Google Play Protect

Google Play Protect is built-in malware protection that should keep users safe from malware attacks for Android. Backed by the strength of Google's machine learning algorithms, it is always improving in real time. That means that the Android device it is automatically scanned and upgrading itself to the latest mobile security. Every Android application must undergo security testing before it appears on the Google Play Store. That way, no matter where the users get the app from, they will be sure that it’s been checked by Google Play Protect and it is secure.

Memory management

Since Android devices are usually battery-powered, it is of big importance to keep power consumption to a minimum. When an application is not in use the system suspends its operation so that, while available for immediate use rather than closed, it does not use battery power or CPU resources. Android could manage the applications stored in memory so all inactive processes are automatically closed when memory is low.

Advantages

No other smartphone platform allows so much flexibility in customizing desktop screens per their user's liking. Some Android phones have 3, others have 5, while still others have 7 screens. The screens can be populated with shortcuts of the apps, or widgets that display news headlines, weather, different search boxes etc.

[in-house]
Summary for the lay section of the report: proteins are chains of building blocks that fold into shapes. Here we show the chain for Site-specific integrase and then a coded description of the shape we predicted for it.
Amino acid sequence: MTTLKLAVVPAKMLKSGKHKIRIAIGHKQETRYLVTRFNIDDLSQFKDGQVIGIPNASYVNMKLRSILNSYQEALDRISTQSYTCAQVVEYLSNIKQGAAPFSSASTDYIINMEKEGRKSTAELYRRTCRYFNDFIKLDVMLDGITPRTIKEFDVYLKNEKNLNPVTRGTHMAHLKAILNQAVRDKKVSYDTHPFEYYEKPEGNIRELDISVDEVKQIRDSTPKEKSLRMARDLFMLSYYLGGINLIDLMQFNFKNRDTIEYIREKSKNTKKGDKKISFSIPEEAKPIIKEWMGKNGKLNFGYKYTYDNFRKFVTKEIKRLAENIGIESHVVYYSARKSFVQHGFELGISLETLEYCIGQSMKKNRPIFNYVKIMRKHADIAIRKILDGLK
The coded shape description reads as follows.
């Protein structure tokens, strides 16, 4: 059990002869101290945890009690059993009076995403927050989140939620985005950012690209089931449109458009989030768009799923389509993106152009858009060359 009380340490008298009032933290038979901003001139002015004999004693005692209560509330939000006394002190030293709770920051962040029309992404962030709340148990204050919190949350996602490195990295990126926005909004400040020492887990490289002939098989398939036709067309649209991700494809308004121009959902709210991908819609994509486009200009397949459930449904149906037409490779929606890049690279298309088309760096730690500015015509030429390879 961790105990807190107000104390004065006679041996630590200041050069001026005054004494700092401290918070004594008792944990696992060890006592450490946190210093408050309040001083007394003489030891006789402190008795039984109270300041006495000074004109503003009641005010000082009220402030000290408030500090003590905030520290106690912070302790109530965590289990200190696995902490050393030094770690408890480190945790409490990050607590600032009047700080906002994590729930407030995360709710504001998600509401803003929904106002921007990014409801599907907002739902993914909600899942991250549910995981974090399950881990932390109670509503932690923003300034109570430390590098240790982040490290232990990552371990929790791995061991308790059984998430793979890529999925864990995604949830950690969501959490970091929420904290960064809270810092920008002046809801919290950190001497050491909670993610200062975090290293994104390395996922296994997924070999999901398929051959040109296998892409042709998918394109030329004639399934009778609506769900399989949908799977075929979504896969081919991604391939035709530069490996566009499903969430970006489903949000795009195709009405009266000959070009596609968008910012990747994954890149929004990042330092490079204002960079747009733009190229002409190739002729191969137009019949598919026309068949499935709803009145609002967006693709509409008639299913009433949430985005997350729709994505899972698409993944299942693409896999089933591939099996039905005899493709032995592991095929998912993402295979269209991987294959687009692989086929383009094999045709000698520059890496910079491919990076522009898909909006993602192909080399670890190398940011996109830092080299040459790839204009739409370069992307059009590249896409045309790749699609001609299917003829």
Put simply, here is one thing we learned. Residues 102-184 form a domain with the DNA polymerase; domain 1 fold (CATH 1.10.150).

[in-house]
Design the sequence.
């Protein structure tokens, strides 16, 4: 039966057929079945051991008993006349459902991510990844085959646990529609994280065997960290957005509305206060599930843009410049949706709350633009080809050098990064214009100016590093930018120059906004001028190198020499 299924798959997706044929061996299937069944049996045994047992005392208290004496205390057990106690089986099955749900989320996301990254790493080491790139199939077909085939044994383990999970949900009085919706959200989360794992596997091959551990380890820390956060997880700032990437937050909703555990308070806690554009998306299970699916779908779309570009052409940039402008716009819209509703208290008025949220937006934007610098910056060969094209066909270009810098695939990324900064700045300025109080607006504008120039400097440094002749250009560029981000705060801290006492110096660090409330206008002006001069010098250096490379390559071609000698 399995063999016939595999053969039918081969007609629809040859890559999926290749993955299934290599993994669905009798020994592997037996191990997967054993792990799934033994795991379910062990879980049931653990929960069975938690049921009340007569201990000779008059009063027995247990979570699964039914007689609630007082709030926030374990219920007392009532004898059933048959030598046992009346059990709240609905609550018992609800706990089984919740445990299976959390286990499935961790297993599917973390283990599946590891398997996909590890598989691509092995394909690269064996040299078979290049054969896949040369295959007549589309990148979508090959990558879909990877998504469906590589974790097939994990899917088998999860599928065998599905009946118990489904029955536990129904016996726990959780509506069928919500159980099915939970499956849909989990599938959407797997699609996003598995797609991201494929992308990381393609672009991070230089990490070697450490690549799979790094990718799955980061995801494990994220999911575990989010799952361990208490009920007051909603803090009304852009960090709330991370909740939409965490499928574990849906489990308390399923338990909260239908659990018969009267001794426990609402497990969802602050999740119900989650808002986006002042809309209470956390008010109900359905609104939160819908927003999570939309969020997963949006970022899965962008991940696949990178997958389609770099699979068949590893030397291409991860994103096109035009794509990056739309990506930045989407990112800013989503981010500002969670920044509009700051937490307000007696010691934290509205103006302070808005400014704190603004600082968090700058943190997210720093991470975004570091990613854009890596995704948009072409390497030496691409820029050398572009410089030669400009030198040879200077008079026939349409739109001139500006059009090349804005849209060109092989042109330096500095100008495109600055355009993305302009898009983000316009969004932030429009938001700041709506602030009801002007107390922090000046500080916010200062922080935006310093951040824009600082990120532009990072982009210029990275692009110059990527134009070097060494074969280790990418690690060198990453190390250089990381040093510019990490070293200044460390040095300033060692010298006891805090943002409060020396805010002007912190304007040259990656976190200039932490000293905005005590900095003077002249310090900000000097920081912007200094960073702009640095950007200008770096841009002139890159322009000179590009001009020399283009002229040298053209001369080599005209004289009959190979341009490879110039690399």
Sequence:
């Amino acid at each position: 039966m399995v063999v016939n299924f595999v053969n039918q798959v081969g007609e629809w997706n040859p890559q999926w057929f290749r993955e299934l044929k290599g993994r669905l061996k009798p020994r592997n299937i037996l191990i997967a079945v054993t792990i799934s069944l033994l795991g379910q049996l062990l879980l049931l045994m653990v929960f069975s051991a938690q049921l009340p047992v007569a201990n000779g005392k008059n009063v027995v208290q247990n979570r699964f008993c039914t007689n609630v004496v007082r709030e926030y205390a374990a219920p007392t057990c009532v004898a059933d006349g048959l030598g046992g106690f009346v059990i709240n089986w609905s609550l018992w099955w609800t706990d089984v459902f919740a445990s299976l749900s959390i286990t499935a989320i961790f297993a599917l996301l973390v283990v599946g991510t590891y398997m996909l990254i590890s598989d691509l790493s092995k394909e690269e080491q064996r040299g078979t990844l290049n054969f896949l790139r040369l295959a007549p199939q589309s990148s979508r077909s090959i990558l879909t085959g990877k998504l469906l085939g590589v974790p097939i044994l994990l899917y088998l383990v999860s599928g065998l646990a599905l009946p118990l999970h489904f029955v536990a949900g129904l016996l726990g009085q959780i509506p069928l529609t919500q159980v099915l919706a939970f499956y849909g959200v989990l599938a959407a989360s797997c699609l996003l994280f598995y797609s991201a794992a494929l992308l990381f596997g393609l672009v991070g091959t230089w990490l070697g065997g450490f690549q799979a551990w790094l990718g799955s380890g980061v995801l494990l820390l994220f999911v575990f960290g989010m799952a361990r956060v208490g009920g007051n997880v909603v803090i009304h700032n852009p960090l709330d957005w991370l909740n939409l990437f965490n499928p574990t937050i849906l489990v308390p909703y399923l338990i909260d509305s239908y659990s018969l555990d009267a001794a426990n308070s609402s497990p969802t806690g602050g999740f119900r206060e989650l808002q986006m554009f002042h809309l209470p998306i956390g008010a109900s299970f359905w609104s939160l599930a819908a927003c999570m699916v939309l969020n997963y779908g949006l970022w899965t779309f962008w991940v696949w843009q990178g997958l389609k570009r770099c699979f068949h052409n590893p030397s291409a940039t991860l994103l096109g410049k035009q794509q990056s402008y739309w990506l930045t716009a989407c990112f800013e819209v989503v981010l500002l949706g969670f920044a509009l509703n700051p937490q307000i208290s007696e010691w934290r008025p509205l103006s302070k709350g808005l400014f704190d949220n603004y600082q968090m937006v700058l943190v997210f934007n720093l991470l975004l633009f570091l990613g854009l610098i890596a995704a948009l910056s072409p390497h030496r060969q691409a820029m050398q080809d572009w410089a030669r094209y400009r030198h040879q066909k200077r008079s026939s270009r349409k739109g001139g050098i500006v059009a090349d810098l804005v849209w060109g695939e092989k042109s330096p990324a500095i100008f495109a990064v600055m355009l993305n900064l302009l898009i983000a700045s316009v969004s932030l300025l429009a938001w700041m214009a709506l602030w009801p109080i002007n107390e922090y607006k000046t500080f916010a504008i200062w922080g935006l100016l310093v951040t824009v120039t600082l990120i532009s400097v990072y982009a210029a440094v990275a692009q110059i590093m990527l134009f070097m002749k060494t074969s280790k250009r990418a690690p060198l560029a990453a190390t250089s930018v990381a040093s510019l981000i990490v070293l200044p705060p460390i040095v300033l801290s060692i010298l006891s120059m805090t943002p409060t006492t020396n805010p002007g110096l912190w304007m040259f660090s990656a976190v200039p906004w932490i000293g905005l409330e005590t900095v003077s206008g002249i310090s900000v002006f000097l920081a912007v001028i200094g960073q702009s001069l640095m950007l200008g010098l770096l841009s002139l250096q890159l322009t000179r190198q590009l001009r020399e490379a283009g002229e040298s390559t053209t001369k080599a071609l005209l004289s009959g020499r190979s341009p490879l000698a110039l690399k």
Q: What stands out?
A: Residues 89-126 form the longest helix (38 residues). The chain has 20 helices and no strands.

Android-based applications are highly customizable and easier to manage. Being an open source platform, it allows developers to use their imagination and turn their creativity into reality and build advanced and interactive apps. No other platform offers you this creative freedom. Developers have an easy way to fix, improve and update their apps thanks to the facilities that Android tools provide them.

Android also offers a comprehensive menu. You access the menu in different ways on different phones, but none of them make it difficult to find. From the menu, the user can click on the neatly organized icons to access apps and features like the Google Play Store and many more, also the user can reorganize the position of the icons to their liking.

The Android interface varies slightly depending on the model of the phone or tablet, but in general, the software itself has become more improved over time.

The Bottom Line

Android possess a stronghold in the market and it’s a growing trend in the industry of mobile. Apple’s iOS is the biggest competitor to Android OS, and that competition doesn’t look like it will change any soon. The iPhone tries to create the best user experience by keeping it close within the company and restricting hardware and software standards. Opposite to that Android tries to ensure it by opening up as much of the operating system as possible.

The big variation of devices and sizes using Android means it takes significant delays for software updates, which means new versions of the operating system and security patches are taking months before reaching consumers.